Missing, murdered women inquiry urges review of justice system policies

The report is being released on Monday, but several media outlets have received leaked copies

A paper bag used to collect the tears of those testifying, to then be burned in a sacred fire, is seen at the final day of hearings at the National Inquiry into Missing and Murdered Indigenous Women and Girls, in Richmond, B.C., on Sunday April 8, 2018. (THE CANADIAN PRESS/Darryl Dyck)

The final report of a national inquiry into missing and murdered Indigenous women and girls is calling for broad and widespread changes to the way the justice system handles cases, including standardized response times, better communication with family members and strict protocols to ensure investigations are thorough and complete.

The report is scheduled for release Monday, but a leaked copy was obtained by The Canadian Press, as well as other media outlets. It’s the result of a years-long inquiry into the systemic causes of violence against thousands of Indigenous women and girls in Canada, and includes — like the Truth and Reconciliation Commission into residential schools before it — a lengthy list of recommendations to address them.

Canadian society has shown an “appalling apathy” towards addressing the issue, say the inquiry’s commissioners, who reach the explosive conclusion ”that this amounts to genocide.”

The report urges all actors in the justice system, including police services, to build respectful working relationships with Indigenous Peoples by “knowing, understanding, and respecting the people they are serving.”

Actions should include reviewing and revising all policies, practices, and procedures to ensure service delivery that is culturally appropriate and reflects no bias or racism toward Indigenous Peoples, including victims and survivors of violence, says the report.

During the course of the inquiry, it notes, policing representatives acknowledged the “historic and ongoing harms” that continue to affect First Nations, Metis and Inuit families, as well as the need to make changes to how non-Indigenous and Indigenous police work to protect safety.

The report also concludes that colonial violence, racism, sexism, homophobia and transphobia against Indigenous women, girls and two-spirit people has become embedded into everyday life, resulting in many Indigenous people becoming normalized to violence.

READ MORE: Missing and murdered Indigenous women’s inquiry wages court fight for RCMP files

The office of Crown-Indigenous Relations Minister Carolyn Bennett declined to comment on the contents of the report until after Monday’s ceremony.

“The commission will publicly present its findings and recommendations on June 3rd, and we very much look forward to that,” Bennett’s office said in a statement. “Out of respect for the independent national inquiry and the families, we won’t comment on the details of the final report before then.”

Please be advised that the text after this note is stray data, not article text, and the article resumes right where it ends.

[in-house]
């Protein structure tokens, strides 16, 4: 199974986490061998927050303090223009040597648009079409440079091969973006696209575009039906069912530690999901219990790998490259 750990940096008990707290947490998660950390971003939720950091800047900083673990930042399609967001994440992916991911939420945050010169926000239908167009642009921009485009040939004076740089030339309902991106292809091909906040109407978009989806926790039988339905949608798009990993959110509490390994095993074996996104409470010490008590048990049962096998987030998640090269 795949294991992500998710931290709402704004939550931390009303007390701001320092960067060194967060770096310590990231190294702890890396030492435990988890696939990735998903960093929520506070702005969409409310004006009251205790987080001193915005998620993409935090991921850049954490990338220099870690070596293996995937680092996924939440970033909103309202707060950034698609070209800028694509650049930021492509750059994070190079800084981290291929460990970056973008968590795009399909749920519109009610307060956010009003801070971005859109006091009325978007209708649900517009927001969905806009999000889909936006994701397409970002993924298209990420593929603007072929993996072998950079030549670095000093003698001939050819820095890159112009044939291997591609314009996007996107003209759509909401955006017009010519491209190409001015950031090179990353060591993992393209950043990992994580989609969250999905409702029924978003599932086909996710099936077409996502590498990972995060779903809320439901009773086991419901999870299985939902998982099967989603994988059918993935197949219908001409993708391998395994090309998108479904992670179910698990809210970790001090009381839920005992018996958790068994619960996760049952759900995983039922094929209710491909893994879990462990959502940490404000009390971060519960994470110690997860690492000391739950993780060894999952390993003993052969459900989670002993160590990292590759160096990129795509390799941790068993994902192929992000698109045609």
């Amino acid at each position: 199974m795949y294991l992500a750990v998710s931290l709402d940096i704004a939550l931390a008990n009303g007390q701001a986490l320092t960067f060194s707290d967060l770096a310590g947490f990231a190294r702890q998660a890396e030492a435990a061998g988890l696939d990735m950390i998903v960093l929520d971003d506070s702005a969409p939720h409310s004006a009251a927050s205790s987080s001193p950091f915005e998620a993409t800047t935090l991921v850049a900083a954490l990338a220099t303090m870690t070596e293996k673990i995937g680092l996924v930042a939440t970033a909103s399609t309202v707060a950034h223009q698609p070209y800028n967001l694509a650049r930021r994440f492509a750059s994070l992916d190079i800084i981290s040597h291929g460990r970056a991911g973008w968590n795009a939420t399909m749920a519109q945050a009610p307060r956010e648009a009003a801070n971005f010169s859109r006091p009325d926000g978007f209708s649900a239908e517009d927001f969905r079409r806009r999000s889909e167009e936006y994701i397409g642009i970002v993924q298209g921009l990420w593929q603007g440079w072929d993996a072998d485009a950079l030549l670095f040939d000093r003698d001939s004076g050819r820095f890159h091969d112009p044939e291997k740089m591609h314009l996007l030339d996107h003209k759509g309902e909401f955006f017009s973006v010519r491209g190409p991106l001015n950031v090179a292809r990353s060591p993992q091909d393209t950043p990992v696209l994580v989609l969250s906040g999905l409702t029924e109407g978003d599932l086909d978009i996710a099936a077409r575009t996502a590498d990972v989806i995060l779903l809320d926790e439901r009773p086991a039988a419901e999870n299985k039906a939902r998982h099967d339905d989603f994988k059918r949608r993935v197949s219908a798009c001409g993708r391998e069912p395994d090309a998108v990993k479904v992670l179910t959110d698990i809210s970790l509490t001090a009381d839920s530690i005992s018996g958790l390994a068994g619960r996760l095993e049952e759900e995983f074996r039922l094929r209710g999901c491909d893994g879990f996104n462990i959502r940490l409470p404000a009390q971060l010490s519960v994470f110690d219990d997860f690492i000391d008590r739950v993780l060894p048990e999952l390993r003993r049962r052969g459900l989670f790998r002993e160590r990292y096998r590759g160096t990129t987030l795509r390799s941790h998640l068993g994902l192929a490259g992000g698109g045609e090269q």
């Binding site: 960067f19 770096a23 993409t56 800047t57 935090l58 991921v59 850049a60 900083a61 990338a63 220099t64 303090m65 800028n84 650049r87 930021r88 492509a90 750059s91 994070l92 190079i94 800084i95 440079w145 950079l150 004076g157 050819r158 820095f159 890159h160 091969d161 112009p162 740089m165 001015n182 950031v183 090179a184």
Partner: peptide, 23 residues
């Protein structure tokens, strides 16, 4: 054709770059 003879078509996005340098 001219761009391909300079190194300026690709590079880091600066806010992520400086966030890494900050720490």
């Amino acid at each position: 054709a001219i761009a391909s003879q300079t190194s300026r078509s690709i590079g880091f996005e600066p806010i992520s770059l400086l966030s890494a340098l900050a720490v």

Families, however, are finally getting the answers they have been looking for after decades of demanding a national inquiry, the statement noted.

Kristy Kirkup, The Canadian Press

Like us on Facebook and follow us on Twitter

Get local stories you won't find anywhere else right to your inbox.
Sign up here

Just Posted

Criminal charges laid against Trail man arrested in Castlegar

Clayton Clarke was released from custody on Wednesday.

New recycling initiatives launch at Return-It Depot in Castlegar

Staff said initiatives will help to recycle more items

Shots fired at a West Trail home

Police report that the victim, a 37-year old Trail man, was not injured

Archive and research project at Doukhobor Discovery Centre coming to fruition

Up to 2,000 items will be able to be archived at facility when project is finished

Study suggests 8 times more people in B.C. infected with virus than confirmed

The study looked at anonymous blood samples collected for reasons unrelated to COVID-19

‘We’re not busting ghosts’: Northern B.C. paranormal investigators check out bistro

Paranormal North Coast British Columbia recently checked out PF Bistro at City Centre Mall.

Russian hackers seeking to steal COVID-19 vaccine data: intel agencies

It is believed APT29, also known as ‘the Dukes’ or ‘Cozy Bear’ was responsible

Twitter racing to unravel mystery cyberattack

Some of the world’s most prominent names had their Twitter accounts post invitations for an apparent Bitcoin scam

B.C. announces funding to support post-secondary students with disabilities

The province is investing $275,000 in the new BCcampus website

Travelling ladybugs bring smiles to Kootenay residents

Did you know, a group of ladybugs is called a loveliness?

Tough time for tree fruits as some B.C. farm products soar

Province reports record 2019 sales, largely due to cannabis

‘Let’s all do a self-check’: Okanagan mayor reacts to racist vandalism targeting local family

Home of Indo-Canadian family in Summerland was targeted on evening of July 13

Province agrees to multimillion-dollar payout for alleged victims of Kelowna social worker

Robert Riley Saunders is accused of misappropriating funds of children — often Indigenous — in his care

Most Read